726  * were not allocated from the table's pool. The table's data will
727  * remain valid as long as all the pools from which its values are
728  * allocated remain valid.
729  *
730  * For example, if B is a sub pool of A, and you build a table T in
731  * pool B, then it's safe to insert data allocated in A or B into T
732  * (because B lives at most as long as A does, and T is destroyed when
733  * B is cleared/destroyed). On the other hand, if S is a table in
734  * pool A, it is safe to insert data allocated in A into S, but it
735  * is *not safe* to insert data allocated from B into S... because
736  * B can be cleared/destroyed before A is (which would leave dangling
737  * pointers in T's data structures).
738  *
739  * In general we say that it is safe to insert data into a table T
740  * if the data is allocated in any ancestor of T's pool. This is the
741  * basis on which the APR_POOL_DEBUG code works -- it tests these ancestor
742  * relationships for all data inserted into tables. APR_POOL_DEBUG also
743  * provides tools (apr_pool_find, and apr_pool_is_ancestor) for other
744  * folks to implement similar restrictions for their own data
745  * structures.
746  *
747  * However, sometimes this ancestor requirement is inconvenient --
748  * sometimes it's necessary to create a sub pool where the sub pool is
749  * guaranteed to have the same lifetime as the parent pool. This is a
750  * guarantee implemented by the *caller*, not by the pool code. That
751  * is, the caller guarantees they won't destroy the sub pool
752  * individually prior to destroying the parent pool.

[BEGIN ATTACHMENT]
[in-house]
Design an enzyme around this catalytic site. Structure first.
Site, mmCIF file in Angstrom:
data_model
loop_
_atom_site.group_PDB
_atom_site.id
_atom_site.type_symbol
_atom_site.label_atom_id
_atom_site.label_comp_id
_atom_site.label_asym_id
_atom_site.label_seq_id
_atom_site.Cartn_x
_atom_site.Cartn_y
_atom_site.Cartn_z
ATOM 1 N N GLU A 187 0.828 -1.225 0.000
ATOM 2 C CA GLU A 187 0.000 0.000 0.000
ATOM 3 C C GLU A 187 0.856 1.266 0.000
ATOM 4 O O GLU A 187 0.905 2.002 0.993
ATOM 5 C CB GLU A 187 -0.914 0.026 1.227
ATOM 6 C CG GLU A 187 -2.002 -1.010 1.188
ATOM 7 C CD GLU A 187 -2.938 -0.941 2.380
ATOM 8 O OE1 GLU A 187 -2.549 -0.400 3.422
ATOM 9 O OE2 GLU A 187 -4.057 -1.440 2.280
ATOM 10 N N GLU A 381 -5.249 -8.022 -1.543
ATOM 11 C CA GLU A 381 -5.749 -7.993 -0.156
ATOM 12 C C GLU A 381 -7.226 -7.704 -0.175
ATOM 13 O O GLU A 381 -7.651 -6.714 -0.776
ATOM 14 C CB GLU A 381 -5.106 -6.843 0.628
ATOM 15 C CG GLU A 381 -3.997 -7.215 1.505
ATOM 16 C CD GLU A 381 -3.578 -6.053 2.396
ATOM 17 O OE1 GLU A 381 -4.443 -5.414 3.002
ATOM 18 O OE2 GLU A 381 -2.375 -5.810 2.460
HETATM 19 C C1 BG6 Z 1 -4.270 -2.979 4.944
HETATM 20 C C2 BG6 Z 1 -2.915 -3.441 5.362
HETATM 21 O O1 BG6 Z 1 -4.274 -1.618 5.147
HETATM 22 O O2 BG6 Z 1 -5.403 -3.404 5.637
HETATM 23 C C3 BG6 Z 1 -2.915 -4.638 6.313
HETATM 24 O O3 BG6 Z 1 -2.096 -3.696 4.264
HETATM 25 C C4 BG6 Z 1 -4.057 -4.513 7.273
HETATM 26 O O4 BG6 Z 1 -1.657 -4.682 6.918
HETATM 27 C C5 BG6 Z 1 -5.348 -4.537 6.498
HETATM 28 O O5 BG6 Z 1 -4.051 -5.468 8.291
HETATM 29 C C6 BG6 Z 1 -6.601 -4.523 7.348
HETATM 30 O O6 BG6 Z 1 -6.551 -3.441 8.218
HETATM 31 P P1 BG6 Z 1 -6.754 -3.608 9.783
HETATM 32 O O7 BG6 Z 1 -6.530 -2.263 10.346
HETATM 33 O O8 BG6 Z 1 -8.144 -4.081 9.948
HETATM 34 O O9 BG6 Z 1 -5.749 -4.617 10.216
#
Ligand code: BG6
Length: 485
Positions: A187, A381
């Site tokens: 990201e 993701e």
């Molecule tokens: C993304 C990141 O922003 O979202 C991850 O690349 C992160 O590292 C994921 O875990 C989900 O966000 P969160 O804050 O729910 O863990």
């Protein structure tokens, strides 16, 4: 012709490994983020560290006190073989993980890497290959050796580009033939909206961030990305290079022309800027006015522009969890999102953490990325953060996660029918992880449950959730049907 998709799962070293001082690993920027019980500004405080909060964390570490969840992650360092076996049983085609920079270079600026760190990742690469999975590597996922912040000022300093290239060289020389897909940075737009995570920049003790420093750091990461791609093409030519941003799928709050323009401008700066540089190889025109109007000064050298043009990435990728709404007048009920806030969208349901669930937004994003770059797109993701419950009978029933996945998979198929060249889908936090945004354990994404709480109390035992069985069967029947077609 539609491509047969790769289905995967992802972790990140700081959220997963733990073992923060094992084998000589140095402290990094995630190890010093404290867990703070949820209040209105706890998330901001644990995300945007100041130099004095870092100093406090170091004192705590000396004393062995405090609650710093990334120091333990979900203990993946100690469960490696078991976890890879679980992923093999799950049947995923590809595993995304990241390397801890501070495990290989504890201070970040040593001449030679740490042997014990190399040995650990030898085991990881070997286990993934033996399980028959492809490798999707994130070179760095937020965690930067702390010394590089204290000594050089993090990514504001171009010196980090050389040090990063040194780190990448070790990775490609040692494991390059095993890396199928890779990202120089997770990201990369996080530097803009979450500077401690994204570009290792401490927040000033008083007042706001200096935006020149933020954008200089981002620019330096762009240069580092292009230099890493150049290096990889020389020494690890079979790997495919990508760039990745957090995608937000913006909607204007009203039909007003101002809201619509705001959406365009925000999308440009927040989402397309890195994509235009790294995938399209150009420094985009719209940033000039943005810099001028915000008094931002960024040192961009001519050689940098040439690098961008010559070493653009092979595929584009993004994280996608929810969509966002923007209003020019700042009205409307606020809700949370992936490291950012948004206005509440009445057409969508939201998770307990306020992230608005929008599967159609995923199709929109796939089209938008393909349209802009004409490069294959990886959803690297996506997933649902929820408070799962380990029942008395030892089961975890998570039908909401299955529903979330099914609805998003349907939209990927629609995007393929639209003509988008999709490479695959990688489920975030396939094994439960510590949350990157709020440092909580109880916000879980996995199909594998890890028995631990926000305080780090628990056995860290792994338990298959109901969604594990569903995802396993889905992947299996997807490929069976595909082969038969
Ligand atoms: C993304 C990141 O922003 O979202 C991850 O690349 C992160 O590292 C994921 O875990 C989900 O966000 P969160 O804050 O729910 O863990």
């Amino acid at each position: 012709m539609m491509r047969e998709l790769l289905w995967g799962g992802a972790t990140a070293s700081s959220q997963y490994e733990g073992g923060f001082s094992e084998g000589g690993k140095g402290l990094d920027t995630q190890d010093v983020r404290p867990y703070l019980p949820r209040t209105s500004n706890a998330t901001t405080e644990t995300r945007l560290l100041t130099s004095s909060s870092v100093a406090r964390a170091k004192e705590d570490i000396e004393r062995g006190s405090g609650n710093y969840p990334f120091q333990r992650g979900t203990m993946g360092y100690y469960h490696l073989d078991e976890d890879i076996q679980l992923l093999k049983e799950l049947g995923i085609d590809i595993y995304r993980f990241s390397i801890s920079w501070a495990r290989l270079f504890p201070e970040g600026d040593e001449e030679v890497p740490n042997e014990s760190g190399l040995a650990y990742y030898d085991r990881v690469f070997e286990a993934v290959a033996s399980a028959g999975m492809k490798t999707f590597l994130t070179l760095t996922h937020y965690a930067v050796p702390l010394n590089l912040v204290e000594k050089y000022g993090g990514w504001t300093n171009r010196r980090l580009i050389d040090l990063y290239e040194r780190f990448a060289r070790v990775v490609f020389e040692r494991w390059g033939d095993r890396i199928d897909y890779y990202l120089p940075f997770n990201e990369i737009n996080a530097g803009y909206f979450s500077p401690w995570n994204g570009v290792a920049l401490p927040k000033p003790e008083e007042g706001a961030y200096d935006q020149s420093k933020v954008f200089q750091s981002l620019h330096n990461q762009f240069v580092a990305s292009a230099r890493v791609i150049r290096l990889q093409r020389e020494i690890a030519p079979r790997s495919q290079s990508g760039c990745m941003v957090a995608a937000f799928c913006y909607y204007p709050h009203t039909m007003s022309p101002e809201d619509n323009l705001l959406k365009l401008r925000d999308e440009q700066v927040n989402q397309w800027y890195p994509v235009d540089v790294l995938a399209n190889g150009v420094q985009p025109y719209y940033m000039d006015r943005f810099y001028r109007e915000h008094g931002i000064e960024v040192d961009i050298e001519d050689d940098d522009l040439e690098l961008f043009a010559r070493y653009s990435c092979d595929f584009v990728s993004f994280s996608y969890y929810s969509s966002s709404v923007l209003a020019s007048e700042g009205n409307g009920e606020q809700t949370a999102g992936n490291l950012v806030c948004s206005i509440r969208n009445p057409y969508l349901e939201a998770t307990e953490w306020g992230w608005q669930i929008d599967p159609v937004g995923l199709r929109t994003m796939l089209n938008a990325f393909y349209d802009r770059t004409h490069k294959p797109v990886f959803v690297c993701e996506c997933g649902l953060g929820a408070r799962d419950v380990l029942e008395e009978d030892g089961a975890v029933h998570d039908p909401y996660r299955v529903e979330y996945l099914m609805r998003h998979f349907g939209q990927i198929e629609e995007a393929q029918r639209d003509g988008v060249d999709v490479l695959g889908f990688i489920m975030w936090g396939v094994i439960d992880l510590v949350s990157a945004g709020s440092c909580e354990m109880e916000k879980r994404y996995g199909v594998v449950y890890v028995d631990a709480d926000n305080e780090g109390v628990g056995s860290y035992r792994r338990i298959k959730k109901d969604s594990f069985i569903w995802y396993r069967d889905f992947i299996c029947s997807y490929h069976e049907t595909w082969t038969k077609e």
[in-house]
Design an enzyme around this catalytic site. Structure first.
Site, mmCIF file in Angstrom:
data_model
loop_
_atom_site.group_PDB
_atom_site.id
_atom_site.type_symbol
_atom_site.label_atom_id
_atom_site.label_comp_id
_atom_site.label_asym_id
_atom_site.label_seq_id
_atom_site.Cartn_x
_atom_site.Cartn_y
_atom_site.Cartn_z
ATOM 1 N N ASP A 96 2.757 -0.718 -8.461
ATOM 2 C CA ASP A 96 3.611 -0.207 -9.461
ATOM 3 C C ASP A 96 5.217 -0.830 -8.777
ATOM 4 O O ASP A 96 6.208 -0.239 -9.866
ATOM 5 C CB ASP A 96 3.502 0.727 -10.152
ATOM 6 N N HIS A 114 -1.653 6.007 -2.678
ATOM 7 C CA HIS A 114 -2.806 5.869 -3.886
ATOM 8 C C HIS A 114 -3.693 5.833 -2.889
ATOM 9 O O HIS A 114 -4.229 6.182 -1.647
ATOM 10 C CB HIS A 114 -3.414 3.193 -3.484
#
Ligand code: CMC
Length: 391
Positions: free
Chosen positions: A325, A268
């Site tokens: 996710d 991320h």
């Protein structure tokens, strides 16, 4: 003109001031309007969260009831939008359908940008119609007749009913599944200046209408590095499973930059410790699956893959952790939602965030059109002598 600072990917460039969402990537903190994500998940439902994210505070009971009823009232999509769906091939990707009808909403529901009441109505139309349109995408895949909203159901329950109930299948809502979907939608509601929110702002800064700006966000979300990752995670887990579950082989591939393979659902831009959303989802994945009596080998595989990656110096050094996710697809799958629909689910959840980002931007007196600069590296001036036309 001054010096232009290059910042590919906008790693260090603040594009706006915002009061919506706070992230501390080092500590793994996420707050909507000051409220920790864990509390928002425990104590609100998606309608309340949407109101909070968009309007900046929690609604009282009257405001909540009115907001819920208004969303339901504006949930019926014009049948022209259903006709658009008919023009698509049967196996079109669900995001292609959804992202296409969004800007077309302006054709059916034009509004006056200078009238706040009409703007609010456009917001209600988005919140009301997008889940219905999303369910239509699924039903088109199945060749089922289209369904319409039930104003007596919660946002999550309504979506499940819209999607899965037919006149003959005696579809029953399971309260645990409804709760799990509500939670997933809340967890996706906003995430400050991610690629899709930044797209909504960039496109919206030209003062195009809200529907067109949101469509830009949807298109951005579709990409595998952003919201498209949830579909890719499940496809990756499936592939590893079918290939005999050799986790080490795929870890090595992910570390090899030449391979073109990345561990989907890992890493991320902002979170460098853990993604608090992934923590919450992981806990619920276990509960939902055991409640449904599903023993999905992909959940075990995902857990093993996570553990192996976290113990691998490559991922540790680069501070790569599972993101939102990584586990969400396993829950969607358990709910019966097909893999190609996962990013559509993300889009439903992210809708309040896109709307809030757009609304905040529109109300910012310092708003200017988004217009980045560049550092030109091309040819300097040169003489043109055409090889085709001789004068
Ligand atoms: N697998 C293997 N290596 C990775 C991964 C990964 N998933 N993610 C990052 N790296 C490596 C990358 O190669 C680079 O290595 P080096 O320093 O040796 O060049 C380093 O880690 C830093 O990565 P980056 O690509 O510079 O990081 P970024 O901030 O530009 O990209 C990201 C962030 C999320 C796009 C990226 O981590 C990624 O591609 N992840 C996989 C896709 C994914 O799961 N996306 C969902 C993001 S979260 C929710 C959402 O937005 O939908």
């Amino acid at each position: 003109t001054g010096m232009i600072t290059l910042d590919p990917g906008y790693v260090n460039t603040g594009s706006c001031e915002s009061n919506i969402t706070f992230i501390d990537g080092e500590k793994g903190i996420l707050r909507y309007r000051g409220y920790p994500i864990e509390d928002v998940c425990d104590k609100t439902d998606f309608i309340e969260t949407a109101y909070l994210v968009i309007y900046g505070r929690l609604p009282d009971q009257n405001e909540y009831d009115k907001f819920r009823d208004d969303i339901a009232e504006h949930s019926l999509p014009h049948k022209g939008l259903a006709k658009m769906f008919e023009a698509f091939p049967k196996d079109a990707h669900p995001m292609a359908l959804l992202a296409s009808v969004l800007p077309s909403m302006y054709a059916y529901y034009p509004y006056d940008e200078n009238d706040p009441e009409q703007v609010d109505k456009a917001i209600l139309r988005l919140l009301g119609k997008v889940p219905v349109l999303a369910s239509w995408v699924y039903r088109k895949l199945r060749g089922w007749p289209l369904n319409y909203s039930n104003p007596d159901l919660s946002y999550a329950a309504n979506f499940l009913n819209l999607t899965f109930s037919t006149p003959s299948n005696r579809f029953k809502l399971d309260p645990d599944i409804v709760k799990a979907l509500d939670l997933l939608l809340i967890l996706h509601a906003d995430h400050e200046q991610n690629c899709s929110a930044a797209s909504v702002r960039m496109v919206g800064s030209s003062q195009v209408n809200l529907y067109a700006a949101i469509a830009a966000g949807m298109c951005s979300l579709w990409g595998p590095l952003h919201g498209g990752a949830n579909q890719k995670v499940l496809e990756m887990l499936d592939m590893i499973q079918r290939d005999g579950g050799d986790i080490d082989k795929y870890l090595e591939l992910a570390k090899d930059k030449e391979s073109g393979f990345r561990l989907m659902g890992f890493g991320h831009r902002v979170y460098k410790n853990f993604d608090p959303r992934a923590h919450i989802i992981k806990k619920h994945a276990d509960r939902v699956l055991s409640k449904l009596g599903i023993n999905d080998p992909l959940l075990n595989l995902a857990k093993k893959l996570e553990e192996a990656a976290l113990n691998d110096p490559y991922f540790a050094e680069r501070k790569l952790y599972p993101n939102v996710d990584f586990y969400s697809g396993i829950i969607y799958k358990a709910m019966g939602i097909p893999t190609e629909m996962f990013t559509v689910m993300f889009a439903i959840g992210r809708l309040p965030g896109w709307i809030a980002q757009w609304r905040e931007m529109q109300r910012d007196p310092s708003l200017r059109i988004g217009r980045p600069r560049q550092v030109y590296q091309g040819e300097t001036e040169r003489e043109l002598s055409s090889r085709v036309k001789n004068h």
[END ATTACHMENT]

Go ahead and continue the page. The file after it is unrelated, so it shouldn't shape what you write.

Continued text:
753  *
754  * In this case the caller must call apr_pool_join() to indicate this
755  * guarantee to the APR_POOL_DEBUG code.
756  *
757  * These functions are only implemented when #APR_POOL_DEBUG is set.
758  *
759  * @{
760  */
761 #if APR_POOL_DEBUG || defined(DOXYGEN)
762 /**
763  * Guarantee that a subpool has the same lifetime as the parent.
764  * @param p The parent pool
765  * @param sub The subpool
766  */
768  __attribute__((nonnull(2)));
769 
770 /**
771  * Find a pool from something allocated in it.
772  * @param mem The thing allocated in the pool
773  * @return The pool it is allocated in
774  */
775 APR_DECLARE(apr_pool_t *) apr_pool_find(const void *mem);
776 
777 /**
778  * Report the number of bytes currently in the pool
779  * @param p The pool to inspect
780  * @param recurse Recurse/include the subpools' sizes
781  * @return The number of bytes
782  */
783 APR_DECLARE(apr_size_t) apr_pool_num_bytes(apr_pool_t *p, int recurse)
784  __attribute__((nonnull(1)));
785 
786 /**
787  * Lock a pool
788  * @param pool The pool to lock
789  * @param flag The flag
790  */
791 APR_DECLARE(void) apr_pool_lock(apr_pool_t *pool, int flag);
792 
793 /* @} */
794 
795 #else /* APR_POOL_DEBUG or DOXYGEN */
796 
797 #ifdef apr_pool_join
798 #undef apr_pool_join
799 #endif
800 #define apr_pool_join(a,b)
801 
802 #ifdef apr_pool_lock
803 #undef apr_pool_lock
804 #endif
805 #define apr_pool_lock(pool, lock)
806 
807 #endif /* APR_POOL_DEBUG or DOXYGEN */
808 
809 /** @} */
810 
811 #ifdef __cplusplus
812 }
813 #endif
814 
815 #endif /* !APR_POOLS_H */